Karen Walsh: My neighbour's knotweed is sprawling on to my land - what can I do?

Dealing with giant knotweed is difficult enough without adding a difficult neighbour into the equation.
Karen Walsh: My neighbour's knotweed is sprawling on to my land - what can I do?

Dealing with giant knotweed is difficult enough without adding a difficult neighbour into the equation.

Dear Karen, 

I read an article recently about a man who bought a house in the UK last week and sued the seller for damages as he found Japanese knotweed behind the garden shed after he moved into his house. 

He was successful in court after it was declared that the seller had misrepresented the fact that there was Japanese knotweed in the garden.

I have difficulty myself with knotweed on my land, but it is coming from land owned by a neighbour who might be described as ‘difficult’. What are my rights? What can I do?

Dear Reader, 

Every situation is different and the circumstances of each case need to be examined in detail.

Japanese knotweed is a species of plant that has bamboo-like stems and small white flowers. It is incredibly durable and fast-growing and can seriously damage buildings and construction sites if left unchecked.

The plant strangles other plants and can kill entire gardens. The tiniest piece of the plant can regrow.

The landowner is responsible to ensure that they are not causing or allowing it to be dispersed or spread, and should take action to control it.

If you are affected by Japanese Knotweed, we would advise you to first take advice from your local council or the National Parks and Wildlife Service.

If Japanese knotweed has spread from neighbouring land and is now encroaching on your land, you may be able to pursue a claim for damages against your neighbour, under the law of nuisance.

There is case law that supports this. For example, in one particular case, knotweed had spread from a railway line to neighbouring land, and the court held the value of the land had been reduced by the presence of the knotweed and that the defendant had failed to take steps to minimise the hazard.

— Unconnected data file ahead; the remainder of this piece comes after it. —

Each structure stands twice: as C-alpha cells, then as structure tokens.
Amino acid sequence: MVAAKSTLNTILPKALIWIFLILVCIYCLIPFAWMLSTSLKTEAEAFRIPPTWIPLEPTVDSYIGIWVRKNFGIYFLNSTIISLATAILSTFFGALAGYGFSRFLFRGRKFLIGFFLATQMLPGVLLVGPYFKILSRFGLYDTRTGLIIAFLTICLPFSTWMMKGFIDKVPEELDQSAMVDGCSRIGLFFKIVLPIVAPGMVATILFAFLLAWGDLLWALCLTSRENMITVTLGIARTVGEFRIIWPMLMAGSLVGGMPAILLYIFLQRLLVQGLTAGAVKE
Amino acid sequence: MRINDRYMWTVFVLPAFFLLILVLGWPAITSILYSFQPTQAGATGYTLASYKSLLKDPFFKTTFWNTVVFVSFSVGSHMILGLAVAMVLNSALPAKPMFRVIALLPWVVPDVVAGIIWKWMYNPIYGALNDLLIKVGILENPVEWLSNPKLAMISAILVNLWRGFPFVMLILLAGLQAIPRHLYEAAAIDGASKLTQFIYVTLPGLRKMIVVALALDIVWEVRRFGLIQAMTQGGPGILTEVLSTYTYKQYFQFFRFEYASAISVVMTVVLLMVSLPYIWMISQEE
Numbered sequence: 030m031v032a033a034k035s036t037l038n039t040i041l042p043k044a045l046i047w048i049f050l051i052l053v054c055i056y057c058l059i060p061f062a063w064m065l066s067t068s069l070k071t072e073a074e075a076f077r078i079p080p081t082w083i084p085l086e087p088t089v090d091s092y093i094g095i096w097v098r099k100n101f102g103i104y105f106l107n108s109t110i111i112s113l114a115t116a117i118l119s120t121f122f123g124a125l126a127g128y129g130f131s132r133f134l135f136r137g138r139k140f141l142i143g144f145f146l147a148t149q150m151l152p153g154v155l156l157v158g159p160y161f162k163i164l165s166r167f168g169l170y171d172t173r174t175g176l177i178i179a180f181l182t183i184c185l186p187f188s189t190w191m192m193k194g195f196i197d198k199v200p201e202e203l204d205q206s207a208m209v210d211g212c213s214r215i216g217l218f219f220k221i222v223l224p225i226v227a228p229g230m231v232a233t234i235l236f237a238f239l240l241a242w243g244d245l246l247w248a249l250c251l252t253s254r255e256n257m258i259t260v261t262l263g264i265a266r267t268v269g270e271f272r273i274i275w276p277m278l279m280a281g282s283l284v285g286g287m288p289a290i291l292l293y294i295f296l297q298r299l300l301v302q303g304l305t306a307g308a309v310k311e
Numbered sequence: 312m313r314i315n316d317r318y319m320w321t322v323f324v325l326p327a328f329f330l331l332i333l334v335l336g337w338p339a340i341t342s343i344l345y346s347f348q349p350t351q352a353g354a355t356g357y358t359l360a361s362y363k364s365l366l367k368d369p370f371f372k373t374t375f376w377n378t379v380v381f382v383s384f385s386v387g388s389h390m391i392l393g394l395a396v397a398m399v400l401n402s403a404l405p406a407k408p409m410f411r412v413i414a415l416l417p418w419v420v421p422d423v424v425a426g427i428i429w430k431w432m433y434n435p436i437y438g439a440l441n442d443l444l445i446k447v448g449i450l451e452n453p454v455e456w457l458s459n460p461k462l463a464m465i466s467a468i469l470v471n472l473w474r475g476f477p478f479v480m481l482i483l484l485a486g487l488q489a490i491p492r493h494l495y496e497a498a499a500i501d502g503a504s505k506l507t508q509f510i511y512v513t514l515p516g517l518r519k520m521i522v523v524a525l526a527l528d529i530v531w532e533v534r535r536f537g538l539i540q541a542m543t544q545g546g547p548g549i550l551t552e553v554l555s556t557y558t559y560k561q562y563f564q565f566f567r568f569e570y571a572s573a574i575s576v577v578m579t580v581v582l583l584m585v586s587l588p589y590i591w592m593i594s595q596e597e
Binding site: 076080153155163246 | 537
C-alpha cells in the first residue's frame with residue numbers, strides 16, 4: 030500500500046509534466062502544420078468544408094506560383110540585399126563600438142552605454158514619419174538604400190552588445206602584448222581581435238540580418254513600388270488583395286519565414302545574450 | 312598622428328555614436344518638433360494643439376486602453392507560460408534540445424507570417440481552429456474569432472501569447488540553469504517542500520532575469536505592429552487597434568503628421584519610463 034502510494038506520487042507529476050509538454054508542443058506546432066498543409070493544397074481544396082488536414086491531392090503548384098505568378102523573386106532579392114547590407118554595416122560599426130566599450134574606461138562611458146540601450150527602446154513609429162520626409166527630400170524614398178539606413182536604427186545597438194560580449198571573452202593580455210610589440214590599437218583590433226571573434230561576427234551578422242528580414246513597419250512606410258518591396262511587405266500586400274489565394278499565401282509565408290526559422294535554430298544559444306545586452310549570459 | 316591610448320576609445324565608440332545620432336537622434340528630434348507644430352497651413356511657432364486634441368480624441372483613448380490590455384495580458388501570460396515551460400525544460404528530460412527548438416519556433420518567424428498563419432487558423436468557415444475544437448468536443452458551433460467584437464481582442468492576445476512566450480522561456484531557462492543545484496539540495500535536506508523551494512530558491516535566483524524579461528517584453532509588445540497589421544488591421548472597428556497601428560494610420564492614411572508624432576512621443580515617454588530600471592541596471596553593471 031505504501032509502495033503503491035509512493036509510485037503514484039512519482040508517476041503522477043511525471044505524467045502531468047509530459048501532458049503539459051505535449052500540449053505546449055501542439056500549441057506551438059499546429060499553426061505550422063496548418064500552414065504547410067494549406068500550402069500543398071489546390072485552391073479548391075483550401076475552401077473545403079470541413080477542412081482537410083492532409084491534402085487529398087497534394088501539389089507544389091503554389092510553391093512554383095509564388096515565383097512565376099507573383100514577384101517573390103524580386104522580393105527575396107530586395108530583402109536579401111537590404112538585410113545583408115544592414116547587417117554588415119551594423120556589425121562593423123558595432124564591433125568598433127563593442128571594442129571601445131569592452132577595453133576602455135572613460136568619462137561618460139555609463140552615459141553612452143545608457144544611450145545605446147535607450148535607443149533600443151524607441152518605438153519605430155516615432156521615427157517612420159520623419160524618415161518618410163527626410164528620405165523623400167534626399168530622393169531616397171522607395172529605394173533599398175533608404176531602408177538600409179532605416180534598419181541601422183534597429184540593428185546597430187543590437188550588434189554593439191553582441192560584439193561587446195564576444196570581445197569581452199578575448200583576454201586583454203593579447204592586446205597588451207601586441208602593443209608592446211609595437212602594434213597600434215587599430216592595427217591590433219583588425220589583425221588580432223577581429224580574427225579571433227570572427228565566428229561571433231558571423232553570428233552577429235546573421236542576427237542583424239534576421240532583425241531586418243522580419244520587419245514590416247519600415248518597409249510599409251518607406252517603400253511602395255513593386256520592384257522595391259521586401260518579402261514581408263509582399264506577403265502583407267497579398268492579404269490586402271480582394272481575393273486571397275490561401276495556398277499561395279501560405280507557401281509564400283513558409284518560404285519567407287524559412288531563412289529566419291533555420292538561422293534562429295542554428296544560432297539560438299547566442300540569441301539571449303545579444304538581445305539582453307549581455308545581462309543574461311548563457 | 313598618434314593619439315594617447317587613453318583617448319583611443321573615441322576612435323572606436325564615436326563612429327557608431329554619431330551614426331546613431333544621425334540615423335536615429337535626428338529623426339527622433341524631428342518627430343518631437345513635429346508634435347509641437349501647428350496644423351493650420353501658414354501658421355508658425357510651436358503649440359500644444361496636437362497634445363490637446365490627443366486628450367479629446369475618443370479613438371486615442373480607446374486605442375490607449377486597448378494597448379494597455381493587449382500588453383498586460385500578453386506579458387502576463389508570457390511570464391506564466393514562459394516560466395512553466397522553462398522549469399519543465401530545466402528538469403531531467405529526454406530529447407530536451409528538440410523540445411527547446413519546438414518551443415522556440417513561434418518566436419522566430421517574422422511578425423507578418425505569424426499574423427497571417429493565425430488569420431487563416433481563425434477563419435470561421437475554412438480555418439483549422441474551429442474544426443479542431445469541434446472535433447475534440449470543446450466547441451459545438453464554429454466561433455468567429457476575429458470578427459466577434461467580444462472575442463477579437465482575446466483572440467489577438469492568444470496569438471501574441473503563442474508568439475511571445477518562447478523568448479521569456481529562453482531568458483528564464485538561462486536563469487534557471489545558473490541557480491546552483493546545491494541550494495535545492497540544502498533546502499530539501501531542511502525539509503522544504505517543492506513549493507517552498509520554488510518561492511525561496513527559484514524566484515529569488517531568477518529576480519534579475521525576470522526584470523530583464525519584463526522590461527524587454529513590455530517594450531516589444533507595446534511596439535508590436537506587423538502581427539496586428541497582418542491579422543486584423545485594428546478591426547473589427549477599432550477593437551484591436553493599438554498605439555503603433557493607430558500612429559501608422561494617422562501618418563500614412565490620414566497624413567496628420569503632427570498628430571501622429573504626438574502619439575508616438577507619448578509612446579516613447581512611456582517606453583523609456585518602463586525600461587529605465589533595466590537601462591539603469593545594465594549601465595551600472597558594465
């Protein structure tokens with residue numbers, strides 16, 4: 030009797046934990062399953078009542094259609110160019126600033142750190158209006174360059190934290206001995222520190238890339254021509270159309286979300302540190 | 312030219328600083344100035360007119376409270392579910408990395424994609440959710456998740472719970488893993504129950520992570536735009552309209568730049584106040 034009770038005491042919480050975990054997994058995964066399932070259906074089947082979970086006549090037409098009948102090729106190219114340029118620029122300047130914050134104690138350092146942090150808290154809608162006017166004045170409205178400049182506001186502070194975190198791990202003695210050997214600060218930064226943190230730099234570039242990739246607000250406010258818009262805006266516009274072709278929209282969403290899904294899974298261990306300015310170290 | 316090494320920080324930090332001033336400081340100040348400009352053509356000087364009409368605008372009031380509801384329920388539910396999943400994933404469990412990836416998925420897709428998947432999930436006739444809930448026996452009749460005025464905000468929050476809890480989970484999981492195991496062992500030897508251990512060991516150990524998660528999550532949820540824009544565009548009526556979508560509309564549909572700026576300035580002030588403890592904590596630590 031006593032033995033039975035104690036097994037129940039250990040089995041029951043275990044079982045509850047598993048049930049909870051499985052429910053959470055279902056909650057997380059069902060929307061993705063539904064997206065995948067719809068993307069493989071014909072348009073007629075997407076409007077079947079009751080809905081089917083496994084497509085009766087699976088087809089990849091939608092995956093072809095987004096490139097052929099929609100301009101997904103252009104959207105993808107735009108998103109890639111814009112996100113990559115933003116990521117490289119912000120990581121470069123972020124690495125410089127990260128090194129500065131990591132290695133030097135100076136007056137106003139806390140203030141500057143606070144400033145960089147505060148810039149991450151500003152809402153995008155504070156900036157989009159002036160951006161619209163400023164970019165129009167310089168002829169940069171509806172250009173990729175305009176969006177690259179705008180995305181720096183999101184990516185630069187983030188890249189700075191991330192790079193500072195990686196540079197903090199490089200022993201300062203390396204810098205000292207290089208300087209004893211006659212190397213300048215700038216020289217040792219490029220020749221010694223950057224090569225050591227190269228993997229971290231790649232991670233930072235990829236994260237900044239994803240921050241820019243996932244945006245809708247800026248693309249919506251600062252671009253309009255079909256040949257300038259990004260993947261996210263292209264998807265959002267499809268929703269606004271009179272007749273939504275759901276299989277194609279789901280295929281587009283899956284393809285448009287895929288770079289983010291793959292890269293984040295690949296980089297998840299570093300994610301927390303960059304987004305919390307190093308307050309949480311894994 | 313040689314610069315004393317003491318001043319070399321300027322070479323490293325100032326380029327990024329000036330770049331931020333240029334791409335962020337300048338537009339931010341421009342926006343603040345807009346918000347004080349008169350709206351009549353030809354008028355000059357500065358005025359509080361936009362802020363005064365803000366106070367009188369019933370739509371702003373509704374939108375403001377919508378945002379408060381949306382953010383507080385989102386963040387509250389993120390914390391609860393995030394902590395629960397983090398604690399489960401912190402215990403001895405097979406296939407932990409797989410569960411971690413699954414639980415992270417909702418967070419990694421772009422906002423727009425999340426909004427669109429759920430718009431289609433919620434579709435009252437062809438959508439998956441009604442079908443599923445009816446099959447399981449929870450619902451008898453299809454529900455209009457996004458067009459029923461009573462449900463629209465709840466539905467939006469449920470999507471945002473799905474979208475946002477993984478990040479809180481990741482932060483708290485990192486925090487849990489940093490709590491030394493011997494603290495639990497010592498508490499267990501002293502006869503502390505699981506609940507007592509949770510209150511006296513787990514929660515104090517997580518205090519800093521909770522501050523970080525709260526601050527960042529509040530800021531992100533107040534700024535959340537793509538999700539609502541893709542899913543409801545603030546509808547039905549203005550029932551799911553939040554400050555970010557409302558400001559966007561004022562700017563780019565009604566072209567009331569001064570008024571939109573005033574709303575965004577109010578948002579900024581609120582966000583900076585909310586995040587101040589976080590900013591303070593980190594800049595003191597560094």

In another case, the court granted an injunction requiring the defendant to enter into a contract with a reputable contractor to treat the knotweed on the land.

If you believe that there is knotweed on your land because of a neighbouring landowner, it is advisable to consider the following steps:

  • Obtain a report from a reputable engineer or surveyor and arrange for them to take photographs.
  • Try and talk to your neighbour, if possible, to agree a course of action. If this is not possible or is unsuccessful, instruct a solicitor to write to your neighbour in respect of the knotweed on their land that is now encroaching on your land. You need to consult a solicitor to advise you of your legal options.
  • Beware that you are required to have a licence when disposing of knotweed.
  • If knotweed is present on your land, ensure that the knotweed is not transported through other means, such as machinery kept on your lands.
  • If there is a basis to bring a case under the law of nuisance, you can seek damages or look for an injunction to have the knotweed treated. If you are pursuing such a case, an auctioneer should be engaged to advise whether your property has been devalued.

Many local authorities are now taking steps to deal with knotweed as a result of EU regulations on the control of invasive alien species, and Irish property owners are now obliged by law to take proper measures to control or eradicate the plant if it grows on their land.

Japanese knotweed can pose a risk for farmers due to its uncontrollable growth and the difficulty in removing it, so it is best you tackle this problem sooner rather than later.

Karen Walsh, from a farming background, is a solicitor practising at Walsh & Partners Solicitors, 17 South Mall, Cork, and 88 Main Street, Midleton, Co Cork, and also the author of 'Farming and the Law'. Walsh & Partners also specialises in personal injury claims, conveyancing, probate, and family law.



  • While every effort is taken to ensure the accuracy of the information contained in this article, Karen Walsh does not accept responsibility for errors or omissions howsoever arising. Readers should seek legal advice in relation to their particular circumstances at the earliest opportunity.

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Karen Walsh

Karen Walsh

Law of the Land

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